Even in years when the government has a balanced budget or runs a surplus (like for five minutes back in the Clinton administration), the debt ceiling still needs to be raised, because the national debt is still there waiting to be paid down, which it never will be. Despite politicians' disingenuous comparisons to a family budget, a big national debt is neither a moral failing nor a financial disaster waiting to happen. Your family can't issue government bonds, for starters.
Let us now go into a bit more depth.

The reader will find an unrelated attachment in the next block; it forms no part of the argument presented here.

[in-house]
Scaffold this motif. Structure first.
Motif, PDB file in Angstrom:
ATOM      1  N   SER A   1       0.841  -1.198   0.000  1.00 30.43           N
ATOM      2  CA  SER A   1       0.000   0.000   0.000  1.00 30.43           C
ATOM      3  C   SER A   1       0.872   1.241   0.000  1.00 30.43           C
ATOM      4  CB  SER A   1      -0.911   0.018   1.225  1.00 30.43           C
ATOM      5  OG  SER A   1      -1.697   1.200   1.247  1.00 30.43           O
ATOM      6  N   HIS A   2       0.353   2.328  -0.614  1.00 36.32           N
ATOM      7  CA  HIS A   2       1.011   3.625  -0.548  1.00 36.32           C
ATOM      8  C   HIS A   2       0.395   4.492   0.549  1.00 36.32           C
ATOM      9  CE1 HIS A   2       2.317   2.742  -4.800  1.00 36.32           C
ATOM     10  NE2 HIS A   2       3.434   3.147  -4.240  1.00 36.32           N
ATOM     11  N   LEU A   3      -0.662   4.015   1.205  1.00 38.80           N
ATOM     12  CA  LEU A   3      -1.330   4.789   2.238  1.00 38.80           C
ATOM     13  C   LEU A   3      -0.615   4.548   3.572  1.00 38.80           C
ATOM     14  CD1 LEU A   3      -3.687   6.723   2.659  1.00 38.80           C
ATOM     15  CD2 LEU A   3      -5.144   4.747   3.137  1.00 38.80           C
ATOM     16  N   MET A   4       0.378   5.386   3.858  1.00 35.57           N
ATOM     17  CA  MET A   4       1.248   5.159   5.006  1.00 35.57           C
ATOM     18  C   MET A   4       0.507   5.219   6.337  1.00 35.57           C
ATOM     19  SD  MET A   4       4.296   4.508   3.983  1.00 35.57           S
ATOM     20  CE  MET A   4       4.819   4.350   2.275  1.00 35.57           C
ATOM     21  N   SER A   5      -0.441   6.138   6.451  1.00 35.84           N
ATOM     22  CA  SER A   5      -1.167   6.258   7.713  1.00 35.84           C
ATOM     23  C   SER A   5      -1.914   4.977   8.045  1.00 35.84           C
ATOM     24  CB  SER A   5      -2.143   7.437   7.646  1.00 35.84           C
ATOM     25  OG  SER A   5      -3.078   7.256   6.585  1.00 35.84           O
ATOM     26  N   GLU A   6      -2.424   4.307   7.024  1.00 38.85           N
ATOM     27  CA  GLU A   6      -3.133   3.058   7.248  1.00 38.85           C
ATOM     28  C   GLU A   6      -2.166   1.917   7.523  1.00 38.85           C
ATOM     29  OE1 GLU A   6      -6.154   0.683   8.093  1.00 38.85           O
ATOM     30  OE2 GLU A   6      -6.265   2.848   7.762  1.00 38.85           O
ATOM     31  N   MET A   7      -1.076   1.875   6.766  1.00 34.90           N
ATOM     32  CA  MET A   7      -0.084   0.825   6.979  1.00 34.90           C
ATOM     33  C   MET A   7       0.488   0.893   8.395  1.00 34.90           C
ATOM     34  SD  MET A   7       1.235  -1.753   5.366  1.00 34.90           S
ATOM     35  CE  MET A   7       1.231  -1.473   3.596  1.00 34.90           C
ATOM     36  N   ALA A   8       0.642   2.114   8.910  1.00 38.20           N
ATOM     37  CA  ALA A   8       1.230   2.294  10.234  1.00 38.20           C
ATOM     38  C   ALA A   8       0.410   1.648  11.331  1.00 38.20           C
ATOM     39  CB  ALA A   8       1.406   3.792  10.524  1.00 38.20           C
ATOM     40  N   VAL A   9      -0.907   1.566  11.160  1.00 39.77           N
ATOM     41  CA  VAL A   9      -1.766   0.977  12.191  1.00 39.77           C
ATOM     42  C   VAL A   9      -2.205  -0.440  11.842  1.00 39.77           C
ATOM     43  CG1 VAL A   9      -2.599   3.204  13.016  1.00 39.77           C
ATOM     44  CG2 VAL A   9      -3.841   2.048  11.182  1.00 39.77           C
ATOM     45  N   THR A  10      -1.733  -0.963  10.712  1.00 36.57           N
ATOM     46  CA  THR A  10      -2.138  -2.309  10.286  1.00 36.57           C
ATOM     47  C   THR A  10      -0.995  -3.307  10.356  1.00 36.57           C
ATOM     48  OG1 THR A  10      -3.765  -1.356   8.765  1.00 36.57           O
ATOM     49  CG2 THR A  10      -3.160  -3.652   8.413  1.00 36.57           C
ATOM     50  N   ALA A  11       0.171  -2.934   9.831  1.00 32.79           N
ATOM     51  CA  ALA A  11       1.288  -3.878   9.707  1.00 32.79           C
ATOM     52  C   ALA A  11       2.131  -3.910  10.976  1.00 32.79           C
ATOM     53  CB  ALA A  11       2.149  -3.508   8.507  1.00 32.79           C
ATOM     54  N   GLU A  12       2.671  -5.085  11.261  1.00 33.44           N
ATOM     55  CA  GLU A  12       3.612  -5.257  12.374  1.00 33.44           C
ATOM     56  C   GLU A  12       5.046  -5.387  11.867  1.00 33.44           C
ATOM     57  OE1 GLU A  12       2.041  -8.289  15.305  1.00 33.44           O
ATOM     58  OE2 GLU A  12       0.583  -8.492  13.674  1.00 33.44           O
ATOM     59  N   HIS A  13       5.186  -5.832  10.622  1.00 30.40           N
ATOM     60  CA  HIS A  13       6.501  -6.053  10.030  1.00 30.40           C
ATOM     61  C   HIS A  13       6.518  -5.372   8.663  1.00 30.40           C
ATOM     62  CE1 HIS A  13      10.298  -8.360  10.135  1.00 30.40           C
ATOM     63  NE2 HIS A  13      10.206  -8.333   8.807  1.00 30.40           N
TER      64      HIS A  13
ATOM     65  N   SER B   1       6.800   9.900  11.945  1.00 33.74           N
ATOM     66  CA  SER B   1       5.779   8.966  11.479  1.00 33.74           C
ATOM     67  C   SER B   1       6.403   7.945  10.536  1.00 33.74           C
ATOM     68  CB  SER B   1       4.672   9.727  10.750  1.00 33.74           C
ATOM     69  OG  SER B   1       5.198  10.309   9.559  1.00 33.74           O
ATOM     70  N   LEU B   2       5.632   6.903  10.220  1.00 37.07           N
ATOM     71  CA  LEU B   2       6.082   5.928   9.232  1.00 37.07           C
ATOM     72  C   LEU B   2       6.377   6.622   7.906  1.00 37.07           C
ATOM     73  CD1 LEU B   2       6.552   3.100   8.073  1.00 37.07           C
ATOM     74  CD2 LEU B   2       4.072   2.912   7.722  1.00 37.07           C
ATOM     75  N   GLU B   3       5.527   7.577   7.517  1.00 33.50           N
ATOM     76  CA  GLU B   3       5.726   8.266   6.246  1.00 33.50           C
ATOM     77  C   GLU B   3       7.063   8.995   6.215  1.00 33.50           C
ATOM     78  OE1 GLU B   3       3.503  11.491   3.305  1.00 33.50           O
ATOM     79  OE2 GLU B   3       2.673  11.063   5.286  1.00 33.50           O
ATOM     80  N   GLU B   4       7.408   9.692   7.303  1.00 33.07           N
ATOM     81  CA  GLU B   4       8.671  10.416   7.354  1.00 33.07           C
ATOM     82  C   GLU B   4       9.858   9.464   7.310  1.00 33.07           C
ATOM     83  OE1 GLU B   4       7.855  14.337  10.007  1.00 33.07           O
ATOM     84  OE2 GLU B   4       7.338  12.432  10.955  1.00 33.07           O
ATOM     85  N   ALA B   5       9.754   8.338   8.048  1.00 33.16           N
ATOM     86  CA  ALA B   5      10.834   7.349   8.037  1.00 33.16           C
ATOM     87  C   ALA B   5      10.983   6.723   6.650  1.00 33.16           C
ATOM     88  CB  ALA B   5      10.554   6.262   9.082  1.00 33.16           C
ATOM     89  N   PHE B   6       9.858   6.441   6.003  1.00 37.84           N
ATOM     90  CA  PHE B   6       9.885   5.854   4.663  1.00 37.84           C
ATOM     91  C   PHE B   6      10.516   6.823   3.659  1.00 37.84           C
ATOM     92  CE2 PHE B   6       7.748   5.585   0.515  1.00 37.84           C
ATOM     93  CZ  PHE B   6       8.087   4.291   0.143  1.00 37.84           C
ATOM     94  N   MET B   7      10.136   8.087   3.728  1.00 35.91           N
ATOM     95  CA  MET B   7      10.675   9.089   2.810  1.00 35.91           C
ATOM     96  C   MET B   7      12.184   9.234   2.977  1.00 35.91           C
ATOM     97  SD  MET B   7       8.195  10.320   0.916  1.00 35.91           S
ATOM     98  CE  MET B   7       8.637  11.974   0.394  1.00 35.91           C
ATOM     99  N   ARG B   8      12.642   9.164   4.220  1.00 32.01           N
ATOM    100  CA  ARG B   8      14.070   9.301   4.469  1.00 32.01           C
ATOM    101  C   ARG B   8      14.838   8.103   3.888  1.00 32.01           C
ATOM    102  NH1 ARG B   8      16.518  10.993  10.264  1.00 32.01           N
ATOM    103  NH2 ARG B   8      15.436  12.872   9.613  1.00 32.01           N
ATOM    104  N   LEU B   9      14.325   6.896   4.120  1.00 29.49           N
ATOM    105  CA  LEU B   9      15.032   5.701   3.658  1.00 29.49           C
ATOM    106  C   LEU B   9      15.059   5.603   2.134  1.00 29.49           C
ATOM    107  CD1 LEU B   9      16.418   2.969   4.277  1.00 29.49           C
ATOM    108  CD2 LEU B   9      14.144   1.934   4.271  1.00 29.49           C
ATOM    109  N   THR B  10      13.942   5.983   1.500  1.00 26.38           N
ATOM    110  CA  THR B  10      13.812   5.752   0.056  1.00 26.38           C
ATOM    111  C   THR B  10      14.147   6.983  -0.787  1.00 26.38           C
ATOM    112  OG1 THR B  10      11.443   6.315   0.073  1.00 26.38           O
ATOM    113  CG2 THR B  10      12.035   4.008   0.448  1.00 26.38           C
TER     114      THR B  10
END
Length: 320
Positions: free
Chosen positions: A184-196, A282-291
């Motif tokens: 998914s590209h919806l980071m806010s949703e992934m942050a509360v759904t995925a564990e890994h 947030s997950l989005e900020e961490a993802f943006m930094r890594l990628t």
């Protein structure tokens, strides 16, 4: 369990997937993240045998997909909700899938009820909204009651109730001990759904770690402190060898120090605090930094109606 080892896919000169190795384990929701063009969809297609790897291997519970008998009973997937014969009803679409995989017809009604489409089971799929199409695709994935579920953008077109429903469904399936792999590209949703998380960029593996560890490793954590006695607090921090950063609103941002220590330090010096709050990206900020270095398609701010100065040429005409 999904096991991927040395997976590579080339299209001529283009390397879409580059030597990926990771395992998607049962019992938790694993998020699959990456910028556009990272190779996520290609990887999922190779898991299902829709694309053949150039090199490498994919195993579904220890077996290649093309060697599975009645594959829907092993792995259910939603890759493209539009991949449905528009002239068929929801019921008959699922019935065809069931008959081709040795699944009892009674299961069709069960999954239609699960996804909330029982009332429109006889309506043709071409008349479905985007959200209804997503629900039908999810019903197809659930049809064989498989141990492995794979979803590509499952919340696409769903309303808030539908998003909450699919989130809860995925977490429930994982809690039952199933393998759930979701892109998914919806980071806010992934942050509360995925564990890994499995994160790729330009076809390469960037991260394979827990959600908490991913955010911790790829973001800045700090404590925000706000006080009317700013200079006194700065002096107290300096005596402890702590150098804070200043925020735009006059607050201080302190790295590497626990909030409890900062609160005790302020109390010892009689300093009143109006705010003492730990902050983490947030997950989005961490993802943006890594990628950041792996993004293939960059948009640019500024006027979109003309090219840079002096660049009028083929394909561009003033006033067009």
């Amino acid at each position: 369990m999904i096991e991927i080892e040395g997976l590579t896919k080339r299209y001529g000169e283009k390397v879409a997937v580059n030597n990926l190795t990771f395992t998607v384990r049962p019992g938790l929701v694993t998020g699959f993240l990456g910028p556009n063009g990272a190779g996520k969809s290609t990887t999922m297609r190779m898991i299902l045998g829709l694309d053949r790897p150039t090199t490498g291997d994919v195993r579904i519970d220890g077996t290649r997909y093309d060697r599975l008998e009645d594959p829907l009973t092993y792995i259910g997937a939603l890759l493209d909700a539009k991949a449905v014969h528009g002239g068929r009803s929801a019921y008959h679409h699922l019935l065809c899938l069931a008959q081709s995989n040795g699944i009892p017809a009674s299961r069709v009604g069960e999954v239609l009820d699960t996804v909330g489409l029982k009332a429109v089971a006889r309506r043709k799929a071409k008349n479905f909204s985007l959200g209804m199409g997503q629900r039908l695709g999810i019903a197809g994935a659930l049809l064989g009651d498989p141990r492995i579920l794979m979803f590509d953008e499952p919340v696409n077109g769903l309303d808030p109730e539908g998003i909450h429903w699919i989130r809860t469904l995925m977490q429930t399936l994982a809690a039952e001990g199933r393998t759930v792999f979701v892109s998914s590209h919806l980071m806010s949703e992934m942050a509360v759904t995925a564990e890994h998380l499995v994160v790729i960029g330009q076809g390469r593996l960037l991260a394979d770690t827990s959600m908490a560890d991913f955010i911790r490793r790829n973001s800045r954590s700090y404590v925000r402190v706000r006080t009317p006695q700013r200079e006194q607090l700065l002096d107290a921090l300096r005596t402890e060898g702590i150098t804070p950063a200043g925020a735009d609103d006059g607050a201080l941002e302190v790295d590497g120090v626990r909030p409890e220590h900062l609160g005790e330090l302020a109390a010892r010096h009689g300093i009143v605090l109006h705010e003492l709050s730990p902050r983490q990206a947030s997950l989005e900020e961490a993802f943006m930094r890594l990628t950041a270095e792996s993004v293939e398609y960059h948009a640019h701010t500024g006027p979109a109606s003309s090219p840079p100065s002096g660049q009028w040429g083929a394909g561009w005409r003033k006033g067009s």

Debt Ceiling: A Stupid Idea We Should Get Rid Of
Why does the government have to give itself permission to borrow money to cover spending that it's already authorized? Isn't that terribly redundant? Couldn't we just borrow as we go?
As Rachel Maddow 'splainered last September, the debt ceiling is a legacy of World War I. Congress would only agree to authorize the huge amounts of money needed to send the USA into the war in Europe if there was also a hard limit to how much the US could borrow to fund the war effort. That debt limit was basically a sop to congressional isolationists who fretted that Woodrow Wilson and Congress would pile up endless debt to fund a forever war. But the law also allowed Congress to raise or suspend the debt limit as needed, essentially making it a useless, symbolic pretense at limiting federal borrowing. As Maddow put it, the debt limit